With more than 30 million YouTube channel views, there is simply no doubt that Valentina Lisitsa is already a classical music star to contend with. Not content with being any ordinary internet superstar, in the run-up to her Royal Albert Hall debut, the Ukrainian pianist uploaded videos of her practice sessions, announced her intention to stream the concert across the globe, and even went so far as to allow the audience to pick the programme via the internet.
I would be lying if I said I wasn’t sceptical about the whole thing being a little bit gimmicky. I suspected that the programme would be full of showpiece favourites, but while the programme was indeed smattered with a few concert-hall classics, Lisitsa actually reminded us why these pieces are indeed famous, without once stooping to meaningless technical fireworks.
Before the playing even began, Lisitsa endeared herself to the audience with a heartfelt welcome, raising a smile by suggesting the first piece could be ‘thrown under the bus’ for the benefit of latecomers and press photos. However, the Liszt Hungarian Rhapsody no. 12grabbed the audience’s attention from the off, sparkling with a polished yet rustic vibrancy, everything perfectly placed under her fingers. Next was the Mozart Fantasy in C minor, K475, probably the weakest item on the programme – not for musical or technical reasons (it was virtually flawless) but merely because for such a staggering virtuosic and musical talent, it seemed too small a vehicle to completely showcase her skills. To follow, she played Liszt’s transcriptions of three Schubert songs. Lisitsa’s approach was more Lisztian than Schubertian, but always in good taste and with careful regard to the stories behind the pieces. The transcriptions were as expressive as the original sung versions despite the technical difficulties – most pianists would balk at having to play the accompaniment part forErlkönig, let alone the vocal part as well, but the different voices of the characters came across clearly even without words, and the mysterious elven king was both enticing and terrifying. Finally, Lisitsa finished the half with Beethoven’s Moonlight Sonata. The Adagio was taken at a somewhat faster pace than normal (a little too fast even by 19th-century standards), but suitability aside, it was refreshing to feel the piece move as opposed to the sugary languorous dragging to which some pianists subject the movement. The Allegretto was delightful – Lisitsa even smiled as she began to play, and her enjoyment was infectious. The Presto agitato bubbled along with contained agitation, and swept the first half to a close, followed by rapturous applause that demanded two bows.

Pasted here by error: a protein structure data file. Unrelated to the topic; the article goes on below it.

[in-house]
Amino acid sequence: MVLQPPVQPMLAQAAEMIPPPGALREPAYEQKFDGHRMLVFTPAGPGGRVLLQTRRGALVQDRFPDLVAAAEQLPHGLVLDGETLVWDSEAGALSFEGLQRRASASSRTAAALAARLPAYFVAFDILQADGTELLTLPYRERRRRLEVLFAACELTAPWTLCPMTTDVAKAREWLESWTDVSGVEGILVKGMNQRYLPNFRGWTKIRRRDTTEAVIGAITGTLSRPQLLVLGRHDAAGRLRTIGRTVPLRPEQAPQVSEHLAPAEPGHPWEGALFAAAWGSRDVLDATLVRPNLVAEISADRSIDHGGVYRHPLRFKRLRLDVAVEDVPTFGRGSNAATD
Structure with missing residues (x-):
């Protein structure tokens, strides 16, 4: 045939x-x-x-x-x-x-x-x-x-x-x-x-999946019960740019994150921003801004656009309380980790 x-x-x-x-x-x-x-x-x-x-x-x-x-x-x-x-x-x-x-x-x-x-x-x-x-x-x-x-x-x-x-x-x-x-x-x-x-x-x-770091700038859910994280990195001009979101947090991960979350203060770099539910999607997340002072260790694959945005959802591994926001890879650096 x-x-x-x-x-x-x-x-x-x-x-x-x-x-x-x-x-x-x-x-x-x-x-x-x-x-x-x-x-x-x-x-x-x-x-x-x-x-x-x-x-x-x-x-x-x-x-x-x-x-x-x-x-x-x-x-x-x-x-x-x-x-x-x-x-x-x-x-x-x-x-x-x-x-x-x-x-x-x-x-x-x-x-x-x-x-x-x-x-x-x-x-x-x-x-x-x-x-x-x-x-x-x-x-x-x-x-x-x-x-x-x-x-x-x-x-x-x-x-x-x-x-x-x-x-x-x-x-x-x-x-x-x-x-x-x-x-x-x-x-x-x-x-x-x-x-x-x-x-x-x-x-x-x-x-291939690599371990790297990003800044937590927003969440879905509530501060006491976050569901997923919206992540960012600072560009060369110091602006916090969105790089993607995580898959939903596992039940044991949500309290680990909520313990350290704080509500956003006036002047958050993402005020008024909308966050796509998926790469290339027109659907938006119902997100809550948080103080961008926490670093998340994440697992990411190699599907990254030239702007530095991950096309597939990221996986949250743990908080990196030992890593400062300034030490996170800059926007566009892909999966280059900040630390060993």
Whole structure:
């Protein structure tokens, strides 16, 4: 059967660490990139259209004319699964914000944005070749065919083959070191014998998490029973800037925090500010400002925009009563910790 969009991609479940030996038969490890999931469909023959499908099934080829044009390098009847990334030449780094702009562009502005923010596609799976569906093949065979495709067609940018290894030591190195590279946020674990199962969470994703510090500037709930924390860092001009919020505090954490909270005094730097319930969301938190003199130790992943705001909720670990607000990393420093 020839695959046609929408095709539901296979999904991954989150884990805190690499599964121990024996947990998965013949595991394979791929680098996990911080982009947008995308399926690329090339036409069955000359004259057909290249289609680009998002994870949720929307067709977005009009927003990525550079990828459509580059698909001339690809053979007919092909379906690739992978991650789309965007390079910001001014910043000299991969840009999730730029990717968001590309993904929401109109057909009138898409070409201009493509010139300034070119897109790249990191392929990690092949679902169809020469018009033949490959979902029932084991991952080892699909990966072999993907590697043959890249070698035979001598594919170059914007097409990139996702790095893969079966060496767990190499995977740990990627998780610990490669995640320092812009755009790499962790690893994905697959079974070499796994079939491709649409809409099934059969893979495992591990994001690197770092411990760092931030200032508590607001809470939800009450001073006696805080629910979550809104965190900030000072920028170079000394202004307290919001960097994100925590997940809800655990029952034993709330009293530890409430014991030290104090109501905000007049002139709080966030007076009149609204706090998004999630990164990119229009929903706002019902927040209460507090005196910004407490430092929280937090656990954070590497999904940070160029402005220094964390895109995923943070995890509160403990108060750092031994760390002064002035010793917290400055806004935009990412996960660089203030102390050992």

The second half was an indulgent feast of Romantic repertoire, with a mixture of Rachmaninov Preludes, Scriabin Poèmes and Etudes, Chopin Nocturnes and, to finish, Liszt’sTotentanz. The Rachmaninov pieces were rich and warm in tone, any technical slips made up for by the baffling strength of character in the playing. The Scriabin Etudes were vividly descriptive, the ‘Mosquito’ truly earning its nickname as the trills buzzed delicately under Lisitsa’s fingers; the Chopin Nocturnes sang with an intimacy as if she were playing in a hall a quarter of the size. The final piece, the Totentanz, was thrilling and astonishingly quick, hands scaling the keyboard at a speed that actually blurred on the projector screens.
After such an astounding display, Lisitsa then proceeded to delight the audience once more with two encores, the Liszt-Schubert transcription of Ave Maria, and to finish, her famed interpretation of La Campanella (which the audience began to clap on hearing the initial notes sounding), fingers playing repeated notes at an eye-watering speed but always with feeling and thought. She was afforded not one but three standing ovations (after the programme and each of the encores respectively), and deservedly so.
If I had judged the evening on first appearances, given among other things a somewhat ‘popular’ programme and a kaleidoscope of stage lights that would put a Pride parade to shame, I probably would have dismissed the event as vacuous cheese and not given it a chance. But from the first note to the last, Lisitsa’s playing shone through all the gimmicks and the special effects as something truly extraordinary. She proved herself to genuinely be a remarkable artist who successfully bridges the gap between the niche in which classical music all too often resides and the modern world without ever compromising on quality. Both a virtuoso and a true musician, her playing absolutely captivated the audience as indeed did she as a person, and personally speaking, I think any musician who can battle their way successfully through such a virtuosic programme and still make a joke to the audience about football scores at the end of the evening deserves a great deal of success.